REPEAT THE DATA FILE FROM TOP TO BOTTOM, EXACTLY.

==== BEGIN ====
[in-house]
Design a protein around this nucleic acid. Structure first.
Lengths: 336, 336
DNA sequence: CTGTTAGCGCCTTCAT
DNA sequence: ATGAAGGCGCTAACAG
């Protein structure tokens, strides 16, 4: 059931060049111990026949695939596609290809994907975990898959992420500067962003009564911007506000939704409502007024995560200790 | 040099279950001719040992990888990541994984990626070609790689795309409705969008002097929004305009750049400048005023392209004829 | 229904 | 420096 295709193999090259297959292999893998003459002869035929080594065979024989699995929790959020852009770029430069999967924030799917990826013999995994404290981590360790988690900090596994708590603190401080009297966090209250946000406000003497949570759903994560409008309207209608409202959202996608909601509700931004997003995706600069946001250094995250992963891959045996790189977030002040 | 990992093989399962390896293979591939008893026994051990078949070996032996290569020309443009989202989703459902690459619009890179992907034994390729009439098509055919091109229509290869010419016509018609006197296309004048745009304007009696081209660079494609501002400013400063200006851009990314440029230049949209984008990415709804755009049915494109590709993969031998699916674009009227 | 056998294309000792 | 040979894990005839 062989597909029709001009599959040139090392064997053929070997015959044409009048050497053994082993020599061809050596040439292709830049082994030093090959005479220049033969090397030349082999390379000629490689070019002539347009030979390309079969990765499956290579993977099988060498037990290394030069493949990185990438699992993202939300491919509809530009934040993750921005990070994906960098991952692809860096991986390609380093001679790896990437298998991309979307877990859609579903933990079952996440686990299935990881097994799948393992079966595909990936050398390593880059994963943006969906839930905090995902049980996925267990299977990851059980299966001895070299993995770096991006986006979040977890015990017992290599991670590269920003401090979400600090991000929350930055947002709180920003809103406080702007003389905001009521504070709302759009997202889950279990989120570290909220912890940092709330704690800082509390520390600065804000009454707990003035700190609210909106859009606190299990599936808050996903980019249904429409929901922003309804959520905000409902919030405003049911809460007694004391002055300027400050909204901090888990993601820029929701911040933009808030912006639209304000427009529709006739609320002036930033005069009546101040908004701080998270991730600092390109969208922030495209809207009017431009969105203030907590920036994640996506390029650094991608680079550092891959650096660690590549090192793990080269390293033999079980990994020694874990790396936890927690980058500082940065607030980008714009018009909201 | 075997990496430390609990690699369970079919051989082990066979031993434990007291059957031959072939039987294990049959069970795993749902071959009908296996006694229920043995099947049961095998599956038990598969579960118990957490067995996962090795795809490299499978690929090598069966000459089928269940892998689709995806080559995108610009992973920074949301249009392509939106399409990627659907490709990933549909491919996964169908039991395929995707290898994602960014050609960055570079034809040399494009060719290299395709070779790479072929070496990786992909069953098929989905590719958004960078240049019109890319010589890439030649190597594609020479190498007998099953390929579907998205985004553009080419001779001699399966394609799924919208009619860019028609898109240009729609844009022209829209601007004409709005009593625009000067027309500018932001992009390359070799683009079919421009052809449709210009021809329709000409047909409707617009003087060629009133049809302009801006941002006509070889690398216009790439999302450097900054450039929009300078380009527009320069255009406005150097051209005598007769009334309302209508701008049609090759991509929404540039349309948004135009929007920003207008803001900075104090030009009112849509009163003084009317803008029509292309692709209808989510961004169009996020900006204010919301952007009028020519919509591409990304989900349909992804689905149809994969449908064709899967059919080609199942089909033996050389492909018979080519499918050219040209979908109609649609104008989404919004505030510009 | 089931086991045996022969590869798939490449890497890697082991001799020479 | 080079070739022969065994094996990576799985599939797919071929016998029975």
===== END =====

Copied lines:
[in-house]
Design a protein around this nucleic acid. Structure first.
Lengths: 336, 336
DNA sequence: CTGTTAGCGCCTTCAT
DNA sequence: ATGAAGGCGCTAACAG
């Protein structure tokens, strides 16, 4: 059931060049111990026949695939596609290809994907975990898959992420500067962003009564911007506000939704409502007024995560200790 | 040099279950001719040992990888990541994984990626070609790689795309409705969008002097929004305009750049400048005023392209004829 | 229904 | 420096 295709193999090259297959292999893998003459002869035929080594065979024989699995929790959020852009770029430069999967924030799917990826013999995994404290981590360790988690900090596994708590603190401080009297966090209250946000406000003497949570759903994560409008309207209608409202959202996608909601509700931004997003995706600069946001250094995250992963891959045996790189977030002040 | 990992093989399962390896293979591939008893026994051990078949070996032996290569020309443009989202989703459902690459619009890179992907034994390729009439098509055919091109229509290869010419016509018609006197296309004048745009304007009696081209660079494609501002400013400063200006851009990314440029230049949209984008990415709804755009049915494109590709993969031998699916674009009227 | 056998294309000792 | 040979894990005839 062989597909029709001009599959040139090392064997053929070997015959044409009048050497053994082993020599061809050596040439292709830049082994030093090959005479220049033969090397030349082999390379000629490689070019002539347009030979390309079969990765499956290579993977099988060498037990290394030069493949990185990438699992993202939300491919509809530009934040993750921005990070994906960098991952692809860096991986390609380093001679790896990437298998991309979307877990859609579903933990079952996440686990299935990881097994799948393992079966595909990936050398390593880059994963943006969906839930905090995902049980996925267990299977990851059980299966001895070299993995770096991006986006979040977890015990017992290599991670590269920003401090979400600090991000929350930055947002709180920003809103406080702007003389905001009521504070709302759009997202889950279990989120570290909220912890940092709330704690800082509390520390600065804000009454707990003035700190609210909106859009606190299990599936808050996903980019249904429409929901922003309804959520905000409902919030405003049911809460007694004391002055300027400050909204901090888990993601820029929701911040933009808030912006639209304000427009529709006739609320002036930033005069009546101040908004701080998270991730600092390109969208922030495209809207009017431009969105203030907590920036994640996506390029650094991608680079550092891959650096660690590549090192793990080269390293033999079980990994020694874990790396936890927690980058500082940065607030980008714009018009909201 | 075997990496430390609990690699369970079919051989082990066979031993434990007291059957031959072939039987294990049959069970795993749902071959009908296996006694229920043995099947049961095998599956038990598969579960118990957490067995996962090795795809490299499978690929090598069966000459089928269940892998689709995806080559995108610009992973920074949301249009392509939106399409990627659907490709990933549909491919996964169908039991395929995707290898994602960014050609960055570079034809040399494009060719290299395709070779790479072929070496990786992909069953098929989905590719958004960078240049019109890319010589890439030649190597594609020479190498007998099953390929579907998205985004553009080419001779001699399966394609799924919208009619860019028609898109240009729609844009022209829209601007004409709005009593625009000067027309500018932001992009390359070799683009079919421009052809449709210009021809329709000409047909409707617009003087060629009133049809302009801006941002006509070889690398216009790439999302450097900054450039929009300078380009527009320069255009406005150097051209005598007769009334309302209508701008049609090759991509929404540039349309948004135009929007920003207008803001900075104090030009009112849509009163003084009317803008029509292309692709209808989510961004169009996020900006204010919301952007009028020519919509591409990304989900349909992804689905149809994969449908064709899967059919080609199942089909033996050389492909018979080519499918050219040209979908109609649609104008989404919004505030510009 | 089931086991045996022969590869798939490449890497890697082991001799020479 | 080079070739022969065994094996990576799985599939797919071929016998029975």